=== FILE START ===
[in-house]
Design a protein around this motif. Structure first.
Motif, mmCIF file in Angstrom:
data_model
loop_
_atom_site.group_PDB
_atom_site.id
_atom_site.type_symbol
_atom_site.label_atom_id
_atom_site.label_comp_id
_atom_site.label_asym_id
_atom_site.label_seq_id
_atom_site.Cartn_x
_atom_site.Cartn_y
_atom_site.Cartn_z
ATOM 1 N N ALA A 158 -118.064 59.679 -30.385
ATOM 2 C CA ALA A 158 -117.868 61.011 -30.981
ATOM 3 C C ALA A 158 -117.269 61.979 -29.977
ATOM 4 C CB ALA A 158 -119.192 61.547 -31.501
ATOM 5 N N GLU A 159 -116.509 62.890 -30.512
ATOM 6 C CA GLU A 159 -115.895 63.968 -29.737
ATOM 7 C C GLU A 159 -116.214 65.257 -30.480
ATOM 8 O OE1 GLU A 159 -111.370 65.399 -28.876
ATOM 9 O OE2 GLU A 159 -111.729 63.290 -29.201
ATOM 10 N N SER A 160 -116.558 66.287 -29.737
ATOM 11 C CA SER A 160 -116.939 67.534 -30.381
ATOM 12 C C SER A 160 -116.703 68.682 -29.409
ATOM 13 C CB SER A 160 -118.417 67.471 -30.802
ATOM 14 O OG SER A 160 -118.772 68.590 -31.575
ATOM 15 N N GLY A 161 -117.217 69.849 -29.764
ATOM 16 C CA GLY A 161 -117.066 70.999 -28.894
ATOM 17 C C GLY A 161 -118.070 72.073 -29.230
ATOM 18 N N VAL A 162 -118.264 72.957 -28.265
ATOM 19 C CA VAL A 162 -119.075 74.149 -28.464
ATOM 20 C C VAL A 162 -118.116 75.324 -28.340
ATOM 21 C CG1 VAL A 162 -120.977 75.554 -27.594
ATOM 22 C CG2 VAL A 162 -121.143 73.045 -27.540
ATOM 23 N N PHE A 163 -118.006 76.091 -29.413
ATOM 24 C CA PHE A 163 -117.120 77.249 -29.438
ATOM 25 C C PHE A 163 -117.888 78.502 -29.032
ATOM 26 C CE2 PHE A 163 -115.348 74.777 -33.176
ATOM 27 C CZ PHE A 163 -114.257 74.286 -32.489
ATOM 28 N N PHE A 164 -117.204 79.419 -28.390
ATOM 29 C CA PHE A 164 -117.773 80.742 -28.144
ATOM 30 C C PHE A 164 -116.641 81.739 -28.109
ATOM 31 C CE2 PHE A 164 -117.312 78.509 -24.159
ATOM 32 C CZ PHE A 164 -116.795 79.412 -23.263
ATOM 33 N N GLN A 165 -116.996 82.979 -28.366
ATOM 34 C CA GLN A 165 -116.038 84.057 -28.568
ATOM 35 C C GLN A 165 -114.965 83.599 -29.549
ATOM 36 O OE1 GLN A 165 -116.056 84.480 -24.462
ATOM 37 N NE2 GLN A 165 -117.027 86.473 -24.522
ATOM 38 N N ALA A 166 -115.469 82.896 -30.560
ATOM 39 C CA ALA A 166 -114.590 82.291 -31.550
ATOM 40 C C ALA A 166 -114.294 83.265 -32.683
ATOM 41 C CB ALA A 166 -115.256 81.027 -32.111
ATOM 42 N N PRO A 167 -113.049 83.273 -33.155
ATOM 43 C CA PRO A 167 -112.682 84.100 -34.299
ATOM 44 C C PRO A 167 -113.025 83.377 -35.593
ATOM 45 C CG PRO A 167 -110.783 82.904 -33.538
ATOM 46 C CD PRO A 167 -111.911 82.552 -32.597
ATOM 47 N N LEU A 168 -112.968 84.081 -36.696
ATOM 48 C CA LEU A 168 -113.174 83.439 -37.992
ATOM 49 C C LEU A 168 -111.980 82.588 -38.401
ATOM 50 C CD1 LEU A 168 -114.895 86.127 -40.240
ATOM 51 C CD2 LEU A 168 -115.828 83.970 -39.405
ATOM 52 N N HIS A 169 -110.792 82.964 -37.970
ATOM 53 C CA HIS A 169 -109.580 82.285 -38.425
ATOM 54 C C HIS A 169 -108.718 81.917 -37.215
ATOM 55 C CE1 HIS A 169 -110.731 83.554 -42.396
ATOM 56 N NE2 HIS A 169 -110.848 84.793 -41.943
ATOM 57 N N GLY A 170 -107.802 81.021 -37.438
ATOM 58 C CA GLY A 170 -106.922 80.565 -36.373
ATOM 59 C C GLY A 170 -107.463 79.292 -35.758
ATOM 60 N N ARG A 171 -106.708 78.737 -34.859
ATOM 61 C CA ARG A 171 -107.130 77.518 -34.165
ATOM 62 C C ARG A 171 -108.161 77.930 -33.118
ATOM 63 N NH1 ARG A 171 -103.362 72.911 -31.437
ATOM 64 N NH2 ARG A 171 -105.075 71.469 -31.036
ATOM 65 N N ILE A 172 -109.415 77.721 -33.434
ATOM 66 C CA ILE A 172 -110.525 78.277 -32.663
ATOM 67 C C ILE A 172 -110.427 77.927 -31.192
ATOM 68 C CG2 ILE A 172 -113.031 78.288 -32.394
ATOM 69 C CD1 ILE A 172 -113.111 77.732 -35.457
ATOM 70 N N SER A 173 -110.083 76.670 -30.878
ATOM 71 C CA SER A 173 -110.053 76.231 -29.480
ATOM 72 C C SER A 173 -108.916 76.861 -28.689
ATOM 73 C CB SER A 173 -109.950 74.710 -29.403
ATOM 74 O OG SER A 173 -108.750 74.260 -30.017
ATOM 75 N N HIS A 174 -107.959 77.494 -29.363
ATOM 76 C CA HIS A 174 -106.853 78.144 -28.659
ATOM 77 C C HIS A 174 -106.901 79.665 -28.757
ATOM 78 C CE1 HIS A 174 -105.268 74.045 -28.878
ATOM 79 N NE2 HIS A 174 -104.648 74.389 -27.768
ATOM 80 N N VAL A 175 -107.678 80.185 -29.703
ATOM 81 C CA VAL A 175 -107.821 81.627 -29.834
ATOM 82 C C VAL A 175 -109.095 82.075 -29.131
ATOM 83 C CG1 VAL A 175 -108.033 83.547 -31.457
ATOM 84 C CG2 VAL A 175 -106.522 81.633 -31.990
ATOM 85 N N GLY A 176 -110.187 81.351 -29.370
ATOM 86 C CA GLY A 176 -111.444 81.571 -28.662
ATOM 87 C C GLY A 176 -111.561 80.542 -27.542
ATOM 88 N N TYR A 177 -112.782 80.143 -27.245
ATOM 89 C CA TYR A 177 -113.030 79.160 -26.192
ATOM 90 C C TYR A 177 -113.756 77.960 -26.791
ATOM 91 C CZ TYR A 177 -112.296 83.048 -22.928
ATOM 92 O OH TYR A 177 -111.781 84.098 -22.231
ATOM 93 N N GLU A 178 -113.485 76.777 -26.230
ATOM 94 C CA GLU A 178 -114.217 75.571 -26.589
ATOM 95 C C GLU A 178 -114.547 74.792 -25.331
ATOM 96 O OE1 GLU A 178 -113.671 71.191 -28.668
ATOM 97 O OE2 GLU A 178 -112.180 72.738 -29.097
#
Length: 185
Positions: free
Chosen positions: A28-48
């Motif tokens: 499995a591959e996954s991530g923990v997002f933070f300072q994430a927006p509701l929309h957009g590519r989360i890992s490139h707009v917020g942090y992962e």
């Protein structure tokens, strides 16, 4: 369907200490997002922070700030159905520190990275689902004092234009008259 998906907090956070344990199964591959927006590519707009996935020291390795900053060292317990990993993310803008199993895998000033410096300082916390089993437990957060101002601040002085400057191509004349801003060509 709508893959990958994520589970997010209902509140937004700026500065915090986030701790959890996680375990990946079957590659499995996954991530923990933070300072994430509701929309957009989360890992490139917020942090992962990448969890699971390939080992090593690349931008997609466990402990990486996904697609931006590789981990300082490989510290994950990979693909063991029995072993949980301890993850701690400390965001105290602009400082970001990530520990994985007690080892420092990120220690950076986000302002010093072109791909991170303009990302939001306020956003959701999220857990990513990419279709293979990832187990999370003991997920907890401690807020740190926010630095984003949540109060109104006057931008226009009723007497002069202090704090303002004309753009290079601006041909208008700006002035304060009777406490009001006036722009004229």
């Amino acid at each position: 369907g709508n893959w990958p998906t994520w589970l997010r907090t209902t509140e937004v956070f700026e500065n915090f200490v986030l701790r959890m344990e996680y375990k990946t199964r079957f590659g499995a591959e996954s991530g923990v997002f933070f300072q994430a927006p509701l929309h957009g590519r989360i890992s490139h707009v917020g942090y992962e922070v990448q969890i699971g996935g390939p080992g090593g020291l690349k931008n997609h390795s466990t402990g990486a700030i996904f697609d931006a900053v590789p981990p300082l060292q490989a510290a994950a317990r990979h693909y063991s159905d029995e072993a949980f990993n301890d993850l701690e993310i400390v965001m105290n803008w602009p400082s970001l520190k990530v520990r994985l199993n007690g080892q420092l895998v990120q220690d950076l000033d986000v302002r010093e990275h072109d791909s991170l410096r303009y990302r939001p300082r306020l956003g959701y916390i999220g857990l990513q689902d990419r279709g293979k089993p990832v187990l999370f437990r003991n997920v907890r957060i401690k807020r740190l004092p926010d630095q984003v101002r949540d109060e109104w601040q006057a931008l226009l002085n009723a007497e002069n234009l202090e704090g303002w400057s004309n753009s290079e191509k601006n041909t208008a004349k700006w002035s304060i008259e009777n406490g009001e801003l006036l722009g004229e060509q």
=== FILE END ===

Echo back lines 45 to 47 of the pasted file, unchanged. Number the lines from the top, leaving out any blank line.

ATOM 30 C C PHE A 164 -116.641 81.739 -28.109
ATOM 31 C CE2 PHE A 164 -117.312 78.509 -24.159
ATOM 32 C CZ PHE A 164 -116.795 79.412 -23.263